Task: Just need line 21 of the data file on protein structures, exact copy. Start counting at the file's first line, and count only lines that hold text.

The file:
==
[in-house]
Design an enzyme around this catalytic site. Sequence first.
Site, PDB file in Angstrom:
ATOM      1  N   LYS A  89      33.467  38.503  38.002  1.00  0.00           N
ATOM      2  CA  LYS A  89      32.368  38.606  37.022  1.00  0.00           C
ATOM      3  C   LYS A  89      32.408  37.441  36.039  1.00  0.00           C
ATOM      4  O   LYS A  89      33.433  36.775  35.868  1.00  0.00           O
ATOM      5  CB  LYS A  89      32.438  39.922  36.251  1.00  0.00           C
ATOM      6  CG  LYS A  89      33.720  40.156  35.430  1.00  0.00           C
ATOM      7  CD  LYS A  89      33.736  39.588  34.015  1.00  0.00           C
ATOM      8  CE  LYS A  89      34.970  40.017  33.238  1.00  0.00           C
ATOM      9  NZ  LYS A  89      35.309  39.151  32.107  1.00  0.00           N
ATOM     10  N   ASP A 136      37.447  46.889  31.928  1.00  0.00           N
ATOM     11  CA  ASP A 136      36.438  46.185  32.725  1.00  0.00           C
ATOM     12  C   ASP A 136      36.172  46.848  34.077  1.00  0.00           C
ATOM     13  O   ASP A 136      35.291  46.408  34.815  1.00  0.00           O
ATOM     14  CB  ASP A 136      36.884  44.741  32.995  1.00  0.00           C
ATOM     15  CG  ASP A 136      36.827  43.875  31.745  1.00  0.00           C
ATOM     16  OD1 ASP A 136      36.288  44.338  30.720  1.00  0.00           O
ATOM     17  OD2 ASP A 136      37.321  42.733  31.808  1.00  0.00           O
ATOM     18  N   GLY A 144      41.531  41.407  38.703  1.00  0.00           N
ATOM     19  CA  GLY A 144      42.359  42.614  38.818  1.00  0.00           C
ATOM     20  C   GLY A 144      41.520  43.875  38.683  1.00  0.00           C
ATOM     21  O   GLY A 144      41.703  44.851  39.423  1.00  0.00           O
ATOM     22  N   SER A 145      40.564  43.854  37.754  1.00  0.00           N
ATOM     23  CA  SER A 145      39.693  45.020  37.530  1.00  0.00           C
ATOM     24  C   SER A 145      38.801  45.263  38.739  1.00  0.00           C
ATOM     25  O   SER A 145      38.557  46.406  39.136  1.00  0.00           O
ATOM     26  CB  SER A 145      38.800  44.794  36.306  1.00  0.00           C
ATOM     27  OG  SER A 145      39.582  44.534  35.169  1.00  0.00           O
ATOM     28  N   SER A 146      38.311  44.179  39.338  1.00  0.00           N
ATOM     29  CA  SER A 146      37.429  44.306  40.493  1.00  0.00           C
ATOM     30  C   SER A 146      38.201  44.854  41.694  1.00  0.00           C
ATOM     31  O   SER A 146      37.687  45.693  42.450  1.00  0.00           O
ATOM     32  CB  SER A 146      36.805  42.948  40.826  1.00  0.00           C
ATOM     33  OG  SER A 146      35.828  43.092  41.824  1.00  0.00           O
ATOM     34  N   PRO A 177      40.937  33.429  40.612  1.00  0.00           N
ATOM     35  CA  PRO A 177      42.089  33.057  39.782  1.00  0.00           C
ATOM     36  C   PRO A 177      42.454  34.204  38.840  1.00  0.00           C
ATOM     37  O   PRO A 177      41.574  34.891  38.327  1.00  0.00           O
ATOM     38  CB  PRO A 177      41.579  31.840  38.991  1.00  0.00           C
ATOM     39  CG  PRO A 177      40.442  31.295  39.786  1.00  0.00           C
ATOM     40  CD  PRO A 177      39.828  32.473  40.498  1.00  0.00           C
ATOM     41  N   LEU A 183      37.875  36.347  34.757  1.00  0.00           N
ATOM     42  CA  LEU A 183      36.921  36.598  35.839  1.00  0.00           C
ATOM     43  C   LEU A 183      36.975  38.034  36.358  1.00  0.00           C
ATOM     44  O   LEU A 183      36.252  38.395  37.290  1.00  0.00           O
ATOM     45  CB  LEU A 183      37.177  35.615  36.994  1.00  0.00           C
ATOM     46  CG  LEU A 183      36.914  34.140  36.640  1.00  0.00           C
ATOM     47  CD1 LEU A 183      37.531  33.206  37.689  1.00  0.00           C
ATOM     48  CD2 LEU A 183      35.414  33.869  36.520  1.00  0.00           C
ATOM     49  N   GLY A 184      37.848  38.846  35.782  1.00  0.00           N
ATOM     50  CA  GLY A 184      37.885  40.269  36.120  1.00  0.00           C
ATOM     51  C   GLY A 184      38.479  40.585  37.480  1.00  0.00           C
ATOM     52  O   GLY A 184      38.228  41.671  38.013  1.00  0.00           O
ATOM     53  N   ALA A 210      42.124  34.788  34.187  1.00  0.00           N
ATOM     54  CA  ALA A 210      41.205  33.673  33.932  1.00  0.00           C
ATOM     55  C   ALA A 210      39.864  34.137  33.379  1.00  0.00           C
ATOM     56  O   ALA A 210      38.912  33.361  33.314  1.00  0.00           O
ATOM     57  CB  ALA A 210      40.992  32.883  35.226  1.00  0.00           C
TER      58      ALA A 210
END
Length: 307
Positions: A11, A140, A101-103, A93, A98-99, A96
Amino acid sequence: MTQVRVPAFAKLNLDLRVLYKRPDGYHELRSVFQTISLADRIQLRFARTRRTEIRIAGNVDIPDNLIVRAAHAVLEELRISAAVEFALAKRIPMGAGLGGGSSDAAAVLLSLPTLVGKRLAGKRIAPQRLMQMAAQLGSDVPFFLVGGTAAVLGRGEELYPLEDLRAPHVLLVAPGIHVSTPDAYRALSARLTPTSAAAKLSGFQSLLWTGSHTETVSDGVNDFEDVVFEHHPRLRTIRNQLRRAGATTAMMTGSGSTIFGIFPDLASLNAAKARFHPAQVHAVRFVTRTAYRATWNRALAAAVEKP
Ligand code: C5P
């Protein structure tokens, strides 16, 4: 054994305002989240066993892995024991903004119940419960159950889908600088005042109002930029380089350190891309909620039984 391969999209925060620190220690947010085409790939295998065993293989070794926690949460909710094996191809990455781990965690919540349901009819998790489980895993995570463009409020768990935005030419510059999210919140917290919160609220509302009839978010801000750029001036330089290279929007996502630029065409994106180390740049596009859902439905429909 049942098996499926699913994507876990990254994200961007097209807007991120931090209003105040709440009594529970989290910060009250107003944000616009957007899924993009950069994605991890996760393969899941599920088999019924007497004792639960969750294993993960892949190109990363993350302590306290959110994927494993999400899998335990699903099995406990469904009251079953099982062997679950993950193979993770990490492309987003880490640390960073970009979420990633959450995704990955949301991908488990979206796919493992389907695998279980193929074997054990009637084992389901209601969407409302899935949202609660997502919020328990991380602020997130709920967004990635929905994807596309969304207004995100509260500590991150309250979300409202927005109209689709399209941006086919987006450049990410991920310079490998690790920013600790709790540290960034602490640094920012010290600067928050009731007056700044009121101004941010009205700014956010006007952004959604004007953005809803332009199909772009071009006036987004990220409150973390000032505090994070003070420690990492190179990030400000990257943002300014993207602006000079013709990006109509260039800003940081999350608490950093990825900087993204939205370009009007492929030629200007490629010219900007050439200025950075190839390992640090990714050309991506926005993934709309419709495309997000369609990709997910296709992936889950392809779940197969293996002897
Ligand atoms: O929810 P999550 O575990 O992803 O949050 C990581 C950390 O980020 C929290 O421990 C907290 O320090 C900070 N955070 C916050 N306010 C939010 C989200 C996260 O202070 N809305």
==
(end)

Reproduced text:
ATOM     18  N   GLY A 144      41.531  41.407  38.703  1.00  0.00           N